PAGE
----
Breakthrough nasal spray approved for depression

March 06, 2019
Nasal spray to treat depression
One of the nasal spray containers used in a depression-related clinical trial at MUSC. Photo by Bryce Donovan

A newly approved nasal spray to treat depression has been studied for years at the Medical University of South Carolina with, in some cases, remarkable results. “There’s no miracle drug, but that’s as close as they come,” says Melissa Michel, a program coordinator in the Department of Psychiatry and Behavioral Sciences who has used the ketamine-derived treatment on patients in a clinical trial.

The drug, called esketamine, will be sold as Spravato. Psychiatrist Robert Malcolm, a professor in the Department of Psychiatry and Behavioral Sciences who helps lead MUSC research on the medication, says he’s cautiously optimistic about its impact. “It represents really the first new mechanism for action basically since Prozac and the early SSRIs and SNRIs back in the 80s, apart from transcranial magnetic stimulation.” The MUSC esketamine research team includes Cam Mateus, Tom Brouette, Diana Mullis, Sarah Book and program coordinator Kristi Huebner.

Malcolm says esketamine could be available to the public in as soon as two to three months. The Food and Drug Administration approved the prescription treatment yesterday.

Esketamine works in part by targeting glutamate receptors in the brain. Malcolm says it appears to help people who have tried other antidepressants that didn’t work for them. “The benefits are good and very quick, within a few hours.”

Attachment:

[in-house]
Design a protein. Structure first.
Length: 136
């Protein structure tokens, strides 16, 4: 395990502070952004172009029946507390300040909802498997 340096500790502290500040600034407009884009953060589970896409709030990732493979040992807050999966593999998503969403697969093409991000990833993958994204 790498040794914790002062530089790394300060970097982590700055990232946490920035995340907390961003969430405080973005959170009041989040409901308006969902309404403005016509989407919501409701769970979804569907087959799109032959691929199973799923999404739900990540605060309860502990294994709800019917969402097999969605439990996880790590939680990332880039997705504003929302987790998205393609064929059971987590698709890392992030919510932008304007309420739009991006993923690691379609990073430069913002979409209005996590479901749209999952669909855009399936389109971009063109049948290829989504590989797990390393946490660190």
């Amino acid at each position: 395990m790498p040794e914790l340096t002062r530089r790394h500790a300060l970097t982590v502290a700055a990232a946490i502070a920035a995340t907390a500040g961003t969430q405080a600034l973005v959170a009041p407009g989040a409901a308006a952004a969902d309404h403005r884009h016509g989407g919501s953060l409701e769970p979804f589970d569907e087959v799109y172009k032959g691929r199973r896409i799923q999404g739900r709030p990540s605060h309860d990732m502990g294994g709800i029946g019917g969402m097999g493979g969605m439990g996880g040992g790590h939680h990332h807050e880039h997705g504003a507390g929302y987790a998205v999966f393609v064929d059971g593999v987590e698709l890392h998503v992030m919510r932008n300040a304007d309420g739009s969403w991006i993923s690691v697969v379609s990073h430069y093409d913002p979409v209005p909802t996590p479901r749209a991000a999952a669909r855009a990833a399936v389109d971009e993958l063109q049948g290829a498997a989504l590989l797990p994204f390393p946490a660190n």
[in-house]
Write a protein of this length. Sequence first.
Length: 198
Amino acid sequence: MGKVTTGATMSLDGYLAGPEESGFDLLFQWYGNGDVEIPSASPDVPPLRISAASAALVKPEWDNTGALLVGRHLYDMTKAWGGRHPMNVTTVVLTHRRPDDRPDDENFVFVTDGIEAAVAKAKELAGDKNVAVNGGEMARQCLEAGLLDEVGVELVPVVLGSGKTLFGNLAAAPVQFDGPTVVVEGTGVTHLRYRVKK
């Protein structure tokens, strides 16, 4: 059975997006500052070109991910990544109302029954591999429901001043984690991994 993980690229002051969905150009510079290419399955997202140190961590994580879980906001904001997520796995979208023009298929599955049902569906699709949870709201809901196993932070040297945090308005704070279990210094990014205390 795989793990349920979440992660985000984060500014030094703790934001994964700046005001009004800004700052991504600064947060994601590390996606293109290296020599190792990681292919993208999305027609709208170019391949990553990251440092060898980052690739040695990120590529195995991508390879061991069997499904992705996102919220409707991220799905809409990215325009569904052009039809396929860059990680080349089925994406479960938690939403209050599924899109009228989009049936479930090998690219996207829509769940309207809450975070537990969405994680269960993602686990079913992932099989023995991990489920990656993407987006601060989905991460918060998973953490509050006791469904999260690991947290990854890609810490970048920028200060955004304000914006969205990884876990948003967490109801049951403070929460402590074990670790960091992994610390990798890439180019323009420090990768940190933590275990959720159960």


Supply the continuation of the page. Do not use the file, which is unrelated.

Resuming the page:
The nasal spray may also be a bridge to getting other antidepressants the patient is already on to work better, Malcolm says.

The benefits are short term if a patient doesn’t continue the treatment. “That’s one problem,” Malcolm says. “Another problem is it can cause confusion, dizziness and sometimes mildly elevated high blood pressure.” 

Esketamine, like ketamine, can cause brief dissociative episodes in certain people and requires safety monitoring. It also has the potential to be abused. 

But when a doctor is trying to help someone who is suffering from severe depression, including people considering suicide, the results can be powerful. “You can possibly treat someone in an emergency department. The suicidal thinking goes away rather quickly and they’re amenable to outpatient treatment,” Malcolm says.

The FDA-approved version of the esketamine treatment involves two sessions a week for a month combined with a traditional antidepressant. The company that makes the medication, Janssen Pharmaceuticals, says many insurance plans will likely cover it. Patients will have to get the treatment under medical supervision. 

Michel, the program coordinator who has seen its effects at MUSC, is excited about its potential to help millions of people who don’t get much or any benefit from older treatments or talk therapy. “It’s definitely the most successful trial I’ve ever done.”

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